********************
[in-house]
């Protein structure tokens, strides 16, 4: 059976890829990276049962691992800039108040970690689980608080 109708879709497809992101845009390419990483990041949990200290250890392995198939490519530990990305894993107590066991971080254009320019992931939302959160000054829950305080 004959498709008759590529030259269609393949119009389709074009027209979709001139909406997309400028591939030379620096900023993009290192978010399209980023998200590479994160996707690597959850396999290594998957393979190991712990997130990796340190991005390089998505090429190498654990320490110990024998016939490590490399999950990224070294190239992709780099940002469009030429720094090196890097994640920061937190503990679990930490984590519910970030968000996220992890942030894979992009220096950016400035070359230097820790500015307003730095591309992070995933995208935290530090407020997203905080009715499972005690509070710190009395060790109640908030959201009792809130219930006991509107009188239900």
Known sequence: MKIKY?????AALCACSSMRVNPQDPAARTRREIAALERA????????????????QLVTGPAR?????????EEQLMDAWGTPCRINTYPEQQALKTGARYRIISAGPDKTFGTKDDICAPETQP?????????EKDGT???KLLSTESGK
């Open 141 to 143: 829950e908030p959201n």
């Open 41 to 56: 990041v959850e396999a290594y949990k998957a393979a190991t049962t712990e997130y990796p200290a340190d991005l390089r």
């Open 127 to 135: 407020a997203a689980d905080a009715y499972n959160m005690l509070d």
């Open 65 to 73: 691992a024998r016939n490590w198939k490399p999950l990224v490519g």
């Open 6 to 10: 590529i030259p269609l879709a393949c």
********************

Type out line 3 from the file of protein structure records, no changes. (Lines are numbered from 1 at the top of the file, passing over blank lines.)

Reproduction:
Known sequence: MKIKY?????AALCACSSMRVNPQDPAARTRREIAALERA????????????????QLVTGPAR?????????EEQLMDAWGTPCRINTYPEQQALKTGARYRIISAGPDKTFGTKDDICAPETQP?????????EKDGT???KLLSTESGK